Eon has been studying the ancient art of Dragon Magic for four years, hoping he’ll be able to apprentice to one of the twelve energy dragons of good fortune. But he also has a dark secret. He is actually Eona, a sixteen-year-old girl who has been living a dangerous lie for the chance to become a Dragoneye, the human link to an energy dragon’s power. It is forbidden for females to practice the Dragon Magic and, if discovered, Eon faces a terrible death. After a dazzling sword ceremony, Eon’s affinity with the twelve dragons catapults him into the treacherous world of the Imperial court, where he makes a powerful enemy, Lord Ido. As tension builds and Eon’s desperate lie comes to light, readers won’t be able to stop turning the pages…*

*Eon/Eona, from my understanding of the novel is not transgender. However she is gender non-conforming, and she breaks through stereotypical gender roles associated with females. 

Reviews:

“GUYS I LOVE WHEN FANTASY DIVES INTO GENDER! Yes, if you are a fan of Tamora Pierce and Alanna and all things awesome, you will like Eon! See, the most obvious is the cross-dressing Eona who takes on the role of a boy and suppresses her female self. Which we begin to think of characteristics that are generally considered gendered and get into the whole binaries thing, of male characteristics = strong, female characteristics = weak. And it is addressed and it is awesome and makes my brain gears just TURN TURN TURN. OH OH OH and there is a trans character, Lady Dela, who is called a Contraire meaning she has the physical body of a man but her spirit is female. And oh friends, Lady Dela plays a huge role and I have to hold my arm down otherwise I would pump my fist just thinking about her.” — April (Books&Wine)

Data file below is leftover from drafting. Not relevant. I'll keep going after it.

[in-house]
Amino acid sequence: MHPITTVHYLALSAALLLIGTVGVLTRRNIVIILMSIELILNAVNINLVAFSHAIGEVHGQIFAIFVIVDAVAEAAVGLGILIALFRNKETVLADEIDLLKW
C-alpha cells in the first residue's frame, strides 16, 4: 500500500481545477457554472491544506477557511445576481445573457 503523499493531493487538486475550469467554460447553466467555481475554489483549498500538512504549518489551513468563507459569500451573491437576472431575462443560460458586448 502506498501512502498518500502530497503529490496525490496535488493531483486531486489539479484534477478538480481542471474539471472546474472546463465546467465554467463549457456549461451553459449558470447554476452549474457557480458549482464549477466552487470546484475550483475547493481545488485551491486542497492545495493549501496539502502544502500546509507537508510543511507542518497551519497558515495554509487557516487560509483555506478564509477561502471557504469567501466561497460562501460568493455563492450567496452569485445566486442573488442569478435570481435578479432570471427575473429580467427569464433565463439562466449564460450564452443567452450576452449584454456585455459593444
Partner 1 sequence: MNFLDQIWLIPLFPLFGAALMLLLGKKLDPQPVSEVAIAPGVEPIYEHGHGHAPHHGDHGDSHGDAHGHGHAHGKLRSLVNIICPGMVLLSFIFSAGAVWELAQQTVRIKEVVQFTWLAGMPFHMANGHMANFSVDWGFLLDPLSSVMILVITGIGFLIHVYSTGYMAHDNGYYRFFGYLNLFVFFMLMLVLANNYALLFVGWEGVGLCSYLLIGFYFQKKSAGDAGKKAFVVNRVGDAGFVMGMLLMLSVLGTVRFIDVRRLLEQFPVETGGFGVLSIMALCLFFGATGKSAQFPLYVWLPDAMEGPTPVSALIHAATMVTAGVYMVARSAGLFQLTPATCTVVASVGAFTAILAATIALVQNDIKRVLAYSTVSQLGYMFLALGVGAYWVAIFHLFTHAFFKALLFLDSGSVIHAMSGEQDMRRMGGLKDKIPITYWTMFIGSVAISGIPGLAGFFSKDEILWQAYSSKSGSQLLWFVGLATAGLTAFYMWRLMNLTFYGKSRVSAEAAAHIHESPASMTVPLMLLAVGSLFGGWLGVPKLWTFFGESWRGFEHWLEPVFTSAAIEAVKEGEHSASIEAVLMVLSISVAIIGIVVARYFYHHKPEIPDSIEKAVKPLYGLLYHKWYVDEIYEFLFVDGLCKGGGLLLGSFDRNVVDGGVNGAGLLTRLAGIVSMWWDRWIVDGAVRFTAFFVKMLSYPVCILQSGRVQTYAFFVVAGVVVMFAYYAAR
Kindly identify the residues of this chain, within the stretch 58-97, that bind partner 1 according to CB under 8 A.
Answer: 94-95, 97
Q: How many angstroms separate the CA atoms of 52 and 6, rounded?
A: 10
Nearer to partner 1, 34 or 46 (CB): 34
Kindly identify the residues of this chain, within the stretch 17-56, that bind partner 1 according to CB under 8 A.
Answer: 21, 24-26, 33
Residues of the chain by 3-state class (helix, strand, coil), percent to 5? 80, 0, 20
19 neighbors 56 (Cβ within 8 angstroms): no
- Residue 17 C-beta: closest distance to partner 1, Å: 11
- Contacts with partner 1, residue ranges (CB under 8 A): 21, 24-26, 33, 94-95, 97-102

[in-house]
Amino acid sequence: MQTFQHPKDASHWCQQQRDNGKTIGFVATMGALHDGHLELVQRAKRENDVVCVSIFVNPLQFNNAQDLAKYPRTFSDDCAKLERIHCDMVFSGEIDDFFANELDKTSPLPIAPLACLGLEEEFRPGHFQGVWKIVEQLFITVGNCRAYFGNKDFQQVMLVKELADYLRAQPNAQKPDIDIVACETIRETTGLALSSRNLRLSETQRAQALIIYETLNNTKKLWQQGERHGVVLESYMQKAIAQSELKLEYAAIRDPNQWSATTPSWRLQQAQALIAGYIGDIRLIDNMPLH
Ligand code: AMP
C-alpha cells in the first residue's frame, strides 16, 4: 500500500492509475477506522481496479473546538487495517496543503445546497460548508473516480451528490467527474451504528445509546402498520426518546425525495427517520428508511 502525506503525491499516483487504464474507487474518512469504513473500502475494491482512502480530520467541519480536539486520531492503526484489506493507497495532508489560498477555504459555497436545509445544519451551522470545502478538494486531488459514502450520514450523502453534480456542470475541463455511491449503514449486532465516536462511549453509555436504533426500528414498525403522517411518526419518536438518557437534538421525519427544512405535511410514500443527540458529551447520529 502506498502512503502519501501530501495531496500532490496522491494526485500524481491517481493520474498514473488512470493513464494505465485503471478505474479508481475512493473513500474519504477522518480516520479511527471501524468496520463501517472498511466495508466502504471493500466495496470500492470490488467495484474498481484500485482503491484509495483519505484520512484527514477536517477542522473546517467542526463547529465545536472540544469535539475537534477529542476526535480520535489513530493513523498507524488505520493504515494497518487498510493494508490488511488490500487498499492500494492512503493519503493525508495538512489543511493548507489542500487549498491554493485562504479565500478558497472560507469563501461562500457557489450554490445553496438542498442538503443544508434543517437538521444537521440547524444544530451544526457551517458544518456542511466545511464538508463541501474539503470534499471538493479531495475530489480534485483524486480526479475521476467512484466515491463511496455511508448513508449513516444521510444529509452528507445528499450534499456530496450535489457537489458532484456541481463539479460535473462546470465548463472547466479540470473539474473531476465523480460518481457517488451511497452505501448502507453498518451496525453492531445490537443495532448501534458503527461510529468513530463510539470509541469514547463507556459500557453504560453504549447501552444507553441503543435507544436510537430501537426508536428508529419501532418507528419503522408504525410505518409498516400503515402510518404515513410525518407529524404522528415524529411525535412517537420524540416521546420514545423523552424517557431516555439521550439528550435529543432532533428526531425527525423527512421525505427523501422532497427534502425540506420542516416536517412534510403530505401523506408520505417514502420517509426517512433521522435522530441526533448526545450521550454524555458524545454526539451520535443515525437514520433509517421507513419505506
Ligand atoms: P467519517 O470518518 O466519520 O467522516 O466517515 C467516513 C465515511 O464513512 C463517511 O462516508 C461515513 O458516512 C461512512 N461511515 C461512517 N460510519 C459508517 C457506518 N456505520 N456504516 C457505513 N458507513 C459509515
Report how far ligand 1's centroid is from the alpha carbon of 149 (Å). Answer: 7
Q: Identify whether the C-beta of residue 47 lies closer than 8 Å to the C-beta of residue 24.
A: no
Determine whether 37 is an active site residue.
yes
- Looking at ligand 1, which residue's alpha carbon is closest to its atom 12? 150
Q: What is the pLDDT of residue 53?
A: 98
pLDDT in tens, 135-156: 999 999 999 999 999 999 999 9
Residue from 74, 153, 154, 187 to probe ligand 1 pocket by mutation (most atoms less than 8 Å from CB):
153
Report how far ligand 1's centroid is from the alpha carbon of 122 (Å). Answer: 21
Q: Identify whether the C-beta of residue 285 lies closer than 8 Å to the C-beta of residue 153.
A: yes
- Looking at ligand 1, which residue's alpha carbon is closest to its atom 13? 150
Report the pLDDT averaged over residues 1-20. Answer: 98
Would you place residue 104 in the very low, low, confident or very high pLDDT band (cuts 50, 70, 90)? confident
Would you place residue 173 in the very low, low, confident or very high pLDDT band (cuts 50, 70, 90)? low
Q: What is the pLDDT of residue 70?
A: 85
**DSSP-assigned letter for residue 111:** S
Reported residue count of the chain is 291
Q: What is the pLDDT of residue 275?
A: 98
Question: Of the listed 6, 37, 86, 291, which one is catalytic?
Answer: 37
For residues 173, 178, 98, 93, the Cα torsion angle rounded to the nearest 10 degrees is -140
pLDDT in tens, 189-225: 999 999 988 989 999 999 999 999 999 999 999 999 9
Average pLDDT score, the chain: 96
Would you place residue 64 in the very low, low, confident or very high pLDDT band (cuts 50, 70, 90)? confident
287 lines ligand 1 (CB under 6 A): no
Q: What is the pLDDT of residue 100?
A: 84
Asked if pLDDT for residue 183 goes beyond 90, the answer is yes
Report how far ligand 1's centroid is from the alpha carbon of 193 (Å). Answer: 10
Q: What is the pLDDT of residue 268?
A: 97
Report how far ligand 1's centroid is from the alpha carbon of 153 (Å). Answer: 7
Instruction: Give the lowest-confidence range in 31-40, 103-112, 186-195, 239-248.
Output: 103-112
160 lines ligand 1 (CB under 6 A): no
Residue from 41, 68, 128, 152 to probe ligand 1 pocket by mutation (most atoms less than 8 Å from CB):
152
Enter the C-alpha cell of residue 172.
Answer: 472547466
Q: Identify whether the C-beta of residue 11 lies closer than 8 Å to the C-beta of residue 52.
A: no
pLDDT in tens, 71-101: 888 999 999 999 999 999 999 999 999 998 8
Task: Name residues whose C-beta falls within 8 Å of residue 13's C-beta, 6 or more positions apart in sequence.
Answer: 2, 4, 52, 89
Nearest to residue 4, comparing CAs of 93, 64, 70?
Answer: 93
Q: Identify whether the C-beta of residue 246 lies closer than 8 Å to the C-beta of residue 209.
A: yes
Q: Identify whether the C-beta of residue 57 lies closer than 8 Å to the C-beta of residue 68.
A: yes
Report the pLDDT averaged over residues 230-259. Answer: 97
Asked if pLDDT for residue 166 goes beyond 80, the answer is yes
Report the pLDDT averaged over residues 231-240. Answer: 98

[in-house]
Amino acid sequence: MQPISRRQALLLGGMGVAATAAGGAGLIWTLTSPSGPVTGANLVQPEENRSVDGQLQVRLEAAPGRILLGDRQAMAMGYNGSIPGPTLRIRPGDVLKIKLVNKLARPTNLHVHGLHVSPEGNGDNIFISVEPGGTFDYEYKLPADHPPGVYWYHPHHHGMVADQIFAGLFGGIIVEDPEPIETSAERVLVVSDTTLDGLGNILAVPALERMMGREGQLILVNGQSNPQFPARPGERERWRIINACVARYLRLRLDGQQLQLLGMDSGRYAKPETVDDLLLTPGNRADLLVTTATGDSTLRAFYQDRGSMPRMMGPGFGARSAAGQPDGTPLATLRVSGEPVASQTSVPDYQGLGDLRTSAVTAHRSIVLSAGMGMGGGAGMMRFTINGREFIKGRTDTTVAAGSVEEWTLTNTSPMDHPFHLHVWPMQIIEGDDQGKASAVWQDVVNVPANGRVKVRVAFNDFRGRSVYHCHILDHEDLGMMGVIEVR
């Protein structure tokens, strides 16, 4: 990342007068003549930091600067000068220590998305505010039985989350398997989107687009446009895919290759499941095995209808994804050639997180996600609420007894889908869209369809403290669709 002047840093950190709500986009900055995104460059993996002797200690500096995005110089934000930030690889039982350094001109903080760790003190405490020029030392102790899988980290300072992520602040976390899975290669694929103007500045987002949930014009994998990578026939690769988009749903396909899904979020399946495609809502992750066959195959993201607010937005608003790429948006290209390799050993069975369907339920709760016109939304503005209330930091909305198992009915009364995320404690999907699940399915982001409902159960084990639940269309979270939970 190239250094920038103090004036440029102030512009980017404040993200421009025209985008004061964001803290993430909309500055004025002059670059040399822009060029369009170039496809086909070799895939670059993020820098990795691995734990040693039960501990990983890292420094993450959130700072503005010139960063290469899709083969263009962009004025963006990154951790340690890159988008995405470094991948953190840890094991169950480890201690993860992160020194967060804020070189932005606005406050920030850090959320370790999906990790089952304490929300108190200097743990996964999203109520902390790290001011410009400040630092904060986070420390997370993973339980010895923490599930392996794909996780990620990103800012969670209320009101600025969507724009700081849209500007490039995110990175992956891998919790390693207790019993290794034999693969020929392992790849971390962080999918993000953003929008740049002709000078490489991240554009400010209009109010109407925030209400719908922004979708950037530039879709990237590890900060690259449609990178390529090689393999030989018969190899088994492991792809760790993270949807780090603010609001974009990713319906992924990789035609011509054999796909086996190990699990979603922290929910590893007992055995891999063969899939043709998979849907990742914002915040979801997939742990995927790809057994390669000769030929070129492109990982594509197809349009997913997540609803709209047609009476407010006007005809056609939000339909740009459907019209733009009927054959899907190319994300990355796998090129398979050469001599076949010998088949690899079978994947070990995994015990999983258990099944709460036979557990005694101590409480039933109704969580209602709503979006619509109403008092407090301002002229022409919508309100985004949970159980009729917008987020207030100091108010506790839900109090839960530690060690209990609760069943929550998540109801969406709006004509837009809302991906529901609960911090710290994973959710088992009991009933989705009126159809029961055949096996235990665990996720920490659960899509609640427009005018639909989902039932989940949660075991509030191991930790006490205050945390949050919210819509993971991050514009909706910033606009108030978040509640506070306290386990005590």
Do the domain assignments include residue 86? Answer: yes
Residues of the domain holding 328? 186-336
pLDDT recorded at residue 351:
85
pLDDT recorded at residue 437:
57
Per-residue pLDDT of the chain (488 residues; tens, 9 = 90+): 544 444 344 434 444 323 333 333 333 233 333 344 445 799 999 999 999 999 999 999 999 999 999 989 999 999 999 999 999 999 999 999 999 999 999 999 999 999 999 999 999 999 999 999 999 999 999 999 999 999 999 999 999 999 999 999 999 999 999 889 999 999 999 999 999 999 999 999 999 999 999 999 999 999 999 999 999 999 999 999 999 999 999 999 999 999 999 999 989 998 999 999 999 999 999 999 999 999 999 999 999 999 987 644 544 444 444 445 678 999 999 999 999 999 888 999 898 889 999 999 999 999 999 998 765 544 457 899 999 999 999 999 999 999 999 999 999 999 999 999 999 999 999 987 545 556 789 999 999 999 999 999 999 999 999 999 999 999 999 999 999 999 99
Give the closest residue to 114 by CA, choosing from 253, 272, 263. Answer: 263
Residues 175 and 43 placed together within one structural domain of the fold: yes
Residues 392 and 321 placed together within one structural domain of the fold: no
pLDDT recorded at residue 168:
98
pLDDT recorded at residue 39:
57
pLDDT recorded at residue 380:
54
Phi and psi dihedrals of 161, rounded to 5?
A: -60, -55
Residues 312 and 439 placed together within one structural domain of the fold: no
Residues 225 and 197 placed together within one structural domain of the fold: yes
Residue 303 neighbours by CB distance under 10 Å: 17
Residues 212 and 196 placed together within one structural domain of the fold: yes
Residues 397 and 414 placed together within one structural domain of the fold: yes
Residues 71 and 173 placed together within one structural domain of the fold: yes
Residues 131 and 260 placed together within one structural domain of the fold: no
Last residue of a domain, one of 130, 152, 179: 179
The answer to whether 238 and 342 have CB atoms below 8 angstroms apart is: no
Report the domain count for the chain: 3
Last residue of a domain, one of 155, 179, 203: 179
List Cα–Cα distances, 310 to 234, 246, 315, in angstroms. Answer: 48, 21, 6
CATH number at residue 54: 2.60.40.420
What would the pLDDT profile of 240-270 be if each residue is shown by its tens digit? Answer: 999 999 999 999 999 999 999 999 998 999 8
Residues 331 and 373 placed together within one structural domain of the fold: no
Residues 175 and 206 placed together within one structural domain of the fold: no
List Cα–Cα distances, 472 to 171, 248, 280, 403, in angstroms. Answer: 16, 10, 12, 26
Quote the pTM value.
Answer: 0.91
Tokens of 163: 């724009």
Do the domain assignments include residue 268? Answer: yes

“One of the characters in this story, Lady Dela, is a key player in helping Eon to find her sense of strength. And Dela was born in a male body. It’s made clear that she dealt with transphobia while growing up, but her identity has largely been accepted and supported. When Eon asks her why she didn’t have her male genitalia removed surgically, she says, "I don’t need to be cut to know I am a woman.” And while the fact that she’s trans does come up, the fact that she is trans is not the focus of the story.